Government & Politics

House Appeals to Referee Over Executive Abuse

John Boehner writes of the constitutional oath, but his plan to counter Obama is weak.

Jul. 8, 2014

House Speaker John Boehner (R-OH) reminds us in an op-ed for CNN, “Every member of Congress swore an oath to preserve, protect and defend the Constitution of the United States. So did President Barack Obama.” We regularly trumpet that established fact as well. So what’s Boehner going to do about it?

He’s planning to sue the president. “[T]oo often over the past five years,” Boehner writes, “the President has circumvented the American people and their elected representatives through executive action, changing and creating his own laws, and excusing himself from enforcing statutes he is sworn to uphold – at times even boasting about his willingness to do it, as if daring the American people to stop him. That’s why, later this month, we will bring legislation to the House floor that would authorize the House of Representatives to file suit in an effort to compel President Obama to follow his oath of office and faithfully execute the laws of our country.”

Obama responded to Boehner’s plan last week with typical contempt: “So sue me.” Boehner replied, “What’s disappointing is the President’s flippant dismissal of the Constitution we are both sworn to defend. It is utterly beneath the dignity of the office.”

Boehner is right on the money with his rhetoric. Obama has indeed flippantly dismissed the Constitution as a mere obstruction to his plan, all while paying lip service to that same Constitution.

But Boehner’s plan is a weak and politically calculated move. His aim is to draw attention to Obama’s lawless behavior without having to truly do anything about it. As former federal prosecutor Andrew McCarthy puts it, “Boehner and the Congress hold the tools that could end, or at least dramatically reduce, the administration’s onslaught. Instead, the speaker prefers to bring a whistle to a gunfight.”

The courts are impotent to adequately address the problem at hand – namely Obama’s blatant refusal to faithfully execute Rule of Law. Judges cannot enforce any ruling against Obama, and that’s if the House approves a suit and then if a judge disregards precedents regarding standing to sue and rules in the House’s favor sometime before the end of Obama’s term in 2017.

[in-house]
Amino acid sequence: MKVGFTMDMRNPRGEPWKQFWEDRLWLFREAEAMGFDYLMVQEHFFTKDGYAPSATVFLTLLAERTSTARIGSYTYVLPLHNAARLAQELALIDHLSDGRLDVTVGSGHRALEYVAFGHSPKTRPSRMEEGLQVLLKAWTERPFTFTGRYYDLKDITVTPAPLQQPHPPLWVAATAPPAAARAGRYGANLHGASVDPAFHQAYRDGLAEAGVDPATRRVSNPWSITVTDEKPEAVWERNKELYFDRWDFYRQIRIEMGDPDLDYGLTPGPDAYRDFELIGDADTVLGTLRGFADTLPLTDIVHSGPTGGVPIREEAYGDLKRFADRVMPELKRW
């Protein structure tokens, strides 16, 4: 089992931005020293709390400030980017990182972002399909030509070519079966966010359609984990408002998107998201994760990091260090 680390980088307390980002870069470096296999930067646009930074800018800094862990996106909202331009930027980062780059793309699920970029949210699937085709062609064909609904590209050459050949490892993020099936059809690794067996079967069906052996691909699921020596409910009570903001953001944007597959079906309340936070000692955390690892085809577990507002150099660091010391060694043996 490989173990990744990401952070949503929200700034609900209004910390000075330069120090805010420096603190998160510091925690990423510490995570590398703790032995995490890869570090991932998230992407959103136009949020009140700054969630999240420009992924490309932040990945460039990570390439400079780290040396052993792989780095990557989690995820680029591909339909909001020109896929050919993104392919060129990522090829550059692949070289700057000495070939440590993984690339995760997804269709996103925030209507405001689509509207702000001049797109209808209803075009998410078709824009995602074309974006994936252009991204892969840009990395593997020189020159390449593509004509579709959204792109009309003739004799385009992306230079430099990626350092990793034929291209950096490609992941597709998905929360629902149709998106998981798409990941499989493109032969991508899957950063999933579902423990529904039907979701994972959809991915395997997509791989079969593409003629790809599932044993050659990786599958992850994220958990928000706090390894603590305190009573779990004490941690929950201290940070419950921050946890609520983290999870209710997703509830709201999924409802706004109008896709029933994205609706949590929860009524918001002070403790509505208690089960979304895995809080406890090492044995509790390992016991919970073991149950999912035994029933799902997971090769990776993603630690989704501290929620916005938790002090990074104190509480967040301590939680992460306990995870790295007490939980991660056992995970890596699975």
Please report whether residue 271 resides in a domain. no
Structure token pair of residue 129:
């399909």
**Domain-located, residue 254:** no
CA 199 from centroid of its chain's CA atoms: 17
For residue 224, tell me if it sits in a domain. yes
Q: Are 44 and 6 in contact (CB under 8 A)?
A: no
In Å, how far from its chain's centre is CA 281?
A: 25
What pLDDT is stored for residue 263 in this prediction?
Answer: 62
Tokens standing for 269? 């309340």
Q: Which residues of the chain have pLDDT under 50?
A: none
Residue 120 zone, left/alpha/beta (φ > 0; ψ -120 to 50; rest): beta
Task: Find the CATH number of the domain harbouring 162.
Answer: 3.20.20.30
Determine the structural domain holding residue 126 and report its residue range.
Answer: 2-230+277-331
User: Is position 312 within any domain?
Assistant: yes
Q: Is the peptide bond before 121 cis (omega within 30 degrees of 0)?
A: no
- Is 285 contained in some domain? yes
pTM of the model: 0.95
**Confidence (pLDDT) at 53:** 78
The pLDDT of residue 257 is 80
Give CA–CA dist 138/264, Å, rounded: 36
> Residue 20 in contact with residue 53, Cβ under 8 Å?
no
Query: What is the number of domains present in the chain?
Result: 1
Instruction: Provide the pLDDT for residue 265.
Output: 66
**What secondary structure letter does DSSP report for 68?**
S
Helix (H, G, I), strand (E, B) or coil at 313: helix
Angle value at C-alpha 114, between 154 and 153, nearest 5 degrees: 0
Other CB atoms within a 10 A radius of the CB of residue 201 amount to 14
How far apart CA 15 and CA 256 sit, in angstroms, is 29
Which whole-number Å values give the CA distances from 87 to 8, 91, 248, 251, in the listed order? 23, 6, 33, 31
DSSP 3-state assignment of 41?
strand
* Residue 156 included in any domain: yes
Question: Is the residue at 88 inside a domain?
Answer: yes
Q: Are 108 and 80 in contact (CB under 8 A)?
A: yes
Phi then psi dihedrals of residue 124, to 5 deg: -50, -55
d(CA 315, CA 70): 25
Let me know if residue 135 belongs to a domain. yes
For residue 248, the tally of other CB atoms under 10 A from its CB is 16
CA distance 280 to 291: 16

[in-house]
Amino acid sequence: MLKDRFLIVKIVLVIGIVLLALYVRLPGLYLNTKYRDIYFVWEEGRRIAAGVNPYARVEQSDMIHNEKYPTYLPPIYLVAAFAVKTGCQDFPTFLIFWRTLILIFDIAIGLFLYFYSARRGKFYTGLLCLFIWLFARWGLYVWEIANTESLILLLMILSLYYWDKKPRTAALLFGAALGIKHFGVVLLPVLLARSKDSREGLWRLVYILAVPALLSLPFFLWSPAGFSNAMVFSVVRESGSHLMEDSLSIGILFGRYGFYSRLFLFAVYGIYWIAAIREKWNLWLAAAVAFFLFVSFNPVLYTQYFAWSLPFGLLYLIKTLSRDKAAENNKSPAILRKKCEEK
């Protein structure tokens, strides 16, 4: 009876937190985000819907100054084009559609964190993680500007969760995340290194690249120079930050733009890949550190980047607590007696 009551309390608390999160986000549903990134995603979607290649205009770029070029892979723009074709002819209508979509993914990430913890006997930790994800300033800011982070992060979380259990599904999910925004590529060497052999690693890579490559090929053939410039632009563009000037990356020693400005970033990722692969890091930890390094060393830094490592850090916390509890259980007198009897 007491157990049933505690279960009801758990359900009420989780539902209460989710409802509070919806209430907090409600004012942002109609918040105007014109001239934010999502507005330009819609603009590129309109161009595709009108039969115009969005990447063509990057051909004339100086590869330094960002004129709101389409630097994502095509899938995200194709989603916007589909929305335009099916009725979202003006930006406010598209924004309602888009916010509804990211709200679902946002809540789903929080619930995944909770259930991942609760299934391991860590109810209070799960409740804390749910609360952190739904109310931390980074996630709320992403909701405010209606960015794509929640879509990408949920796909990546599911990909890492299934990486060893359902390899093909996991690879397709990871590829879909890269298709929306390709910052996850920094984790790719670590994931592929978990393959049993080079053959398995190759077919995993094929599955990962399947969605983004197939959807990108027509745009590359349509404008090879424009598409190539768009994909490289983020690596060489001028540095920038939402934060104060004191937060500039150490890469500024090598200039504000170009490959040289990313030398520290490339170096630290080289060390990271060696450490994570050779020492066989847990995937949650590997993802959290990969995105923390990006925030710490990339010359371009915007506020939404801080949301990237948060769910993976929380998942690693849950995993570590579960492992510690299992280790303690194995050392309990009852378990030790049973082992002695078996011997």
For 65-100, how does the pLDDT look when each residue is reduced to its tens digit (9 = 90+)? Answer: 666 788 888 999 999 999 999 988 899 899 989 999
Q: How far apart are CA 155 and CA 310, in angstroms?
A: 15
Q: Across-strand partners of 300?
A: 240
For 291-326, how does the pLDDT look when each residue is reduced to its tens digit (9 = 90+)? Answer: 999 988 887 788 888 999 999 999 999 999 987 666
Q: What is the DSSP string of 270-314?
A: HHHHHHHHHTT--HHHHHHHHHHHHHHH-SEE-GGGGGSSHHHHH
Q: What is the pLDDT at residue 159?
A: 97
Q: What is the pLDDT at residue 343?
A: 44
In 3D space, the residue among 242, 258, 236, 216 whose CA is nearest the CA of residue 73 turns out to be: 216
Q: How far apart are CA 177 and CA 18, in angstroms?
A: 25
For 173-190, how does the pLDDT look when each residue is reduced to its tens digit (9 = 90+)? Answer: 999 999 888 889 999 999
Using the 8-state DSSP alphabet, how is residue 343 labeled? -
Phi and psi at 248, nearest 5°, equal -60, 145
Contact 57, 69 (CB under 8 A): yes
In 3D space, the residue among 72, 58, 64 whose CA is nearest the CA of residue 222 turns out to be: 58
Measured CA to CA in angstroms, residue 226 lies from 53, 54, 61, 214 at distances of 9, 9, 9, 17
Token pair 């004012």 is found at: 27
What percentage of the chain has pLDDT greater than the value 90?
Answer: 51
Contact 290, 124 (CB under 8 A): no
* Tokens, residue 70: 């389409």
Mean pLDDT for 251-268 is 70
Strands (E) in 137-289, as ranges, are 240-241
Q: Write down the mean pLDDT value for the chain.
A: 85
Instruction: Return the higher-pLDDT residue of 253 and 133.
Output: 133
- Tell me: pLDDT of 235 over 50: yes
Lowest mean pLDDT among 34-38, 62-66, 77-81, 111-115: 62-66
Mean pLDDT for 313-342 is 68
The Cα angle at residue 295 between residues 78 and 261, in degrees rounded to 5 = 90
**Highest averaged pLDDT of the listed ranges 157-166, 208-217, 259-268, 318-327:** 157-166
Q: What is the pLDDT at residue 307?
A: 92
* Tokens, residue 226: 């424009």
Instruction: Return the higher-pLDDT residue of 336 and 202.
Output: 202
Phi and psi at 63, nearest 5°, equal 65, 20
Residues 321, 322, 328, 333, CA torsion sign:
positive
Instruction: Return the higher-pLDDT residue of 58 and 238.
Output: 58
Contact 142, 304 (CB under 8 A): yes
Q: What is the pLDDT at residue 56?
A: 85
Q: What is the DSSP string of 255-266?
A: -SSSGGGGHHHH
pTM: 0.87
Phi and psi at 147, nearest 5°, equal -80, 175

Instead, what the House should do immediately is use the power granted them by the Constitution. McCarthy writes, “It can repeal or amend laws, refuse to fund an executive agency’s illegal enforcement action, or impeach executive officials – from the lowly subordinates who carry out lawless actions up to the president himself. There is no legal impediment stopping Congress from taking these measures; there is a political impediment stopping Boehner.”

Perhaps Boehner feels the case for “other high Crimes and Misdemeanors” isn’t sufficient for impeachment – particularly with a Democrat-controlled Senate to block the effort. Or perhaps he recalls the fiasco of Bill Clinton’s impeachment, in which the Leftmedia circled the wagons and made it about Monica Lewinsky instead of the real charges brought against Clinton – none of which had anything to do with cigars or the meaning of “is.” Republicans ended up losing seats that November.

Indeed, there is an almost total lack of public support for impeaching Obama, and it would almost surely be self-defeating. So what to do?

James Madison wrote of checks and balances in Federalist No. 51, “[W]hat is government itself, but the greatest of all reflections on human nature? If men were angels, no government would be necessary. If angels were to govern men, neither external nor internal controls on government would be necessary. In framing a government which is to be administered by men over men, the great difficulty lies in this: you must first enable the government to control the governed; and in the next place oblige it to control itself. A dependence on the people is, no doubt, the primary control on the government; but experience has taught mankind the necessity of auxiliary precautions.”

Madison expounded on these “auxiliary precautions” in Federalist No. 58, “The House of Representatives cannot only refuse, but they alone can propose, the supplies requisite for the support of government.” He continued, “This power over the purse may, in fact, be regarded as the most complete and effectual weapon with which any constitution can arm the immediate representatives of the people, for obtaining a redress of every grievance, and for carrying into effect every just and salutary measure.” In other words, rein in the rogue executive branch through the power of the purse.

In short, Boehner has plenty of options better than running to the courts – if only he had the backbone to take advantage of them.

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